(Pic by Chandana Wijesinghe)

Bodu Bala Sena CEO, Dilantha Withanage accused that this was an attempt at Islamification of societies using petrodollars, revenue earned from exporting petroleum

The Bodu Bala Sena in a letter to Central Bank Governor, recently expressed their displeasure at CB’s inaction on the introduction of religious based banking practices, Shariah-compliant financing to be more precise.

In the letter to the CB Governor, the Bodu Bala Sena (BBS) revealed that it has received a number of complaints from bankers and citizens on CB’s failure to act on the introduction of the said religious based banking practices, on grounds it may create ‘social division in the country’. Moreover the BBS believes that this goes against equal rights ensured in the constitution.

The issue arose due to certain private banks opting for Shariah Banking options to attract customers that require Shariah-compliant financial products. Shariah-compliant finance systems prohibit interest, known as riba, or usury in Islamic terms. The Shariah Banking system is structured around a strict code of ethics, based on the Quran, and claims to forbid exploitative practices.

However, at a recently held press conference, Bodu Bala Sena CEO, Dilantha Withanage said, “Central Bank and many private banks have made attempts to introduce religious banking to Sri Lanka. But the Muslim community in Sri Lanka has engaged with the banking industry for decades without religious-specific banking practices. Why introduce one now?”

Moreover, Withanage accused that this was an attempt at Islamification of societies using petrodollars, revenue earned from exporting petroleum. Withanage rebuked authorities for not seeking public opinion prior to introducing such a system., a US based blog, identifying itself as ‘a service of the Center for Security Policy’ pinpoints a number of threats associated with Shariah-compliant financing. According to the site, it is mandatory for Shariah-compliant US banks to ‘purify’ certain returns on investment dollars that do not meet Shariahh law standards by ‘donating to Islamic charities, including some that promote Jihad and support suicide bombing.’ Moreover the site states that based on investment disclosures these profits can be as high as six percent of profits of investments. “With $800 billion already in SCF assets, the potential for billions of dollars to be siphoned off for terrorism is real,” says the site.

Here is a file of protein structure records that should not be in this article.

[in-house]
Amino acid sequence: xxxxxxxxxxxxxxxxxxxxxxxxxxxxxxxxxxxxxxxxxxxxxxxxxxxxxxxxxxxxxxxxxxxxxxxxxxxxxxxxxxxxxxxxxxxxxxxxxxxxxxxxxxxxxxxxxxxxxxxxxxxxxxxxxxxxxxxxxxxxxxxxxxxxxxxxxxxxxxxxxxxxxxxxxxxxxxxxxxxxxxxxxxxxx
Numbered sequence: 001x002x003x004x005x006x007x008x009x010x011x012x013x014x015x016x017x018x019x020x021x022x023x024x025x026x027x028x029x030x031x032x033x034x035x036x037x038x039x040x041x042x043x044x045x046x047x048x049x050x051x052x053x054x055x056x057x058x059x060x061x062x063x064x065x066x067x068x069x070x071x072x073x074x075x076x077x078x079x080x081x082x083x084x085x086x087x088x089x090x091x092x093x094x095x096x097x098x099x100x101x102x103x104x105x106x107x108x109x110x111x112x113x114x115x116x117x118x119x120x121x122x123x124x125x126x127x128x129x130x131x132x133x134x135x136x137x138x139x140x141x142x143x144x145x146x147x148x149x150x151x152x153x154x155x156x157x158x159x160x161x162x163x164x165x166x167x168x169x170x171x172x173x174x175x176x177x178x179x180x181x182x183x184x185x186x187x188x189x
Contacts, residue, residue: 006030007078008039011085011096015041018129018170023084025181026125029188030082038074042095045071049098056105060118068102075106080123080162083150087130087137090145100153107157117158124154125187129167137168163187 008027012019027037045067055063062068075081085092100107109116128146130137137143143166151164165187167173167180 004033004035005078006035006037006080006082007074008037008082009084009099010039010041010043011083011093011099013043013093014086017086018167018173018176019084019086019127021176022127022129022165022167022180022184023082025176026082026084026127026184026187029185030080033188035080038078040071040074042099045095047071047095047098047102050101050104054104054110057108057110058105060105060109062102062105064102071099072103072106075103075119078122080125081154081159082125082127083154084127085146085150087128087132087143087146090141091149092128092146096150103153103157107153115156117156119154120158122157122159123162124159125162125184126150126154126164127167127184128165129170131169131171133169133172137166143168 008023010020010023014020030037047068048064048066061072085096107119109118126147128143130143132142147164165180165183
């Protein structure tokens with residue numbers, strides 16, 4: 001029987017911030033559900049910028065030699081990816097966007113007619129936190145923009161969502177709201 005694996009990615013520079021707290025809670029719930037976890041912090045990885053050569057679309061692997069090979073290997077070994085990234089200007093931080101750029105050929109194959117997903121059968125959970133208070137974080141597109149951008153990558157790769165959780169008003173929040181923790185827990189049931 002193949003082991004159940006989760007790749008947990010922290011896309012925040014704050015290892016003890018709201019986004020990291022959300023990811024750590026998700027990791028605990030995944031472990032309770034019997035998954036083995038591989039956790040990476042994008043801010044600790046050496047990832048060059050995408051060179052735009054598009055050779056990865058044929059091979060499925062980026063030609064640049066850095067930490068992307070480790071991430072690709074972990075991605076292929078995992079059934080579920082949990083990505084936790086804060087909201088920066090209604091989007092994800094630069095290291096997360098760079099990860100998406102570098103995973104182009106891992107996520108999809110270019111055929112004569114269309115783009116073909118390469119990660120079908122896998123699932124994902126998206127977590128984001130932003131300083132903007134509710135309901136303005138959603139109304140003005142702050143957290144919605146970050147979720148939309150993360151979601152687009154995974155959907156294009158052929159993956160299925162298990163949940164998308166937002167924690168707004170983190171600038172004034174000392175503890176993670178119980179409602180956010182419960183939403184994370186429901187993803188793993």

Shariahh Finance Watch also implicates Shariahh-compliant financial institutions of using charities to fund terrorist groups.

When contacted BBS CEO, Dilantha Withanage said, “This begs the question, should the banking sector be expected to entertain different banking systems for each and every religion?”

Withanage reiterated that such an introduction; in a country where 90 percent of the population is none Islamic, will only lead to socio-ethnic divisions. “After all Shariah-compliant is essentially Islamic,” said Withanage, implicating that it would invariable create a division by being identified as exclusively Islamic.

Amana Takaful Executive Director, Ehsan Zaheed said that this is not necessarily true. “Shariah-compliant is not exclusively for Muslims. In fact the majority of Amana customers are non Muslims.”

Zaheed explained that ‘Shariah-compliant financing’ is met with such hostility because of the stigma attached to the term ‘Shariah’. “We must learn to go beyond the label,” said Zaheed. “In fact the underlying principles are found in other religions such as Buddhism and Christianity too.”

Zaheed pointed out that Shariah-compliant financing is socially beneficial, in that it forbids funding of activities such as casinos and breweries. “It’s not for the rich to get richer, instead it incorporates the underprivileged into the system. If the system is properly put into practice it will be for the benefit of the public, because the underlying principles of Shariah-compliant financing encourage profit sharing.”

If it is a question of the label ‘Shariah-compliant’, will a simple label change resolve the issue? According to Zaheed, other developed countries are already practicing similar financial principles under ‘Alternative Finance’. “Non majority Muslim countries such as Japan and South Korea have adopted the Shariah-compliant model as ‘Alternative Finace’,” said Zaheed. Reiterating the necessity for looking beyond the label.

In reply to the letter sent by the BBS, the CB Governor has recommended a meeting with Policy Planning and Economic Affairs Deputy Minister, Dr. Harsha de Silva. He was not available for comment.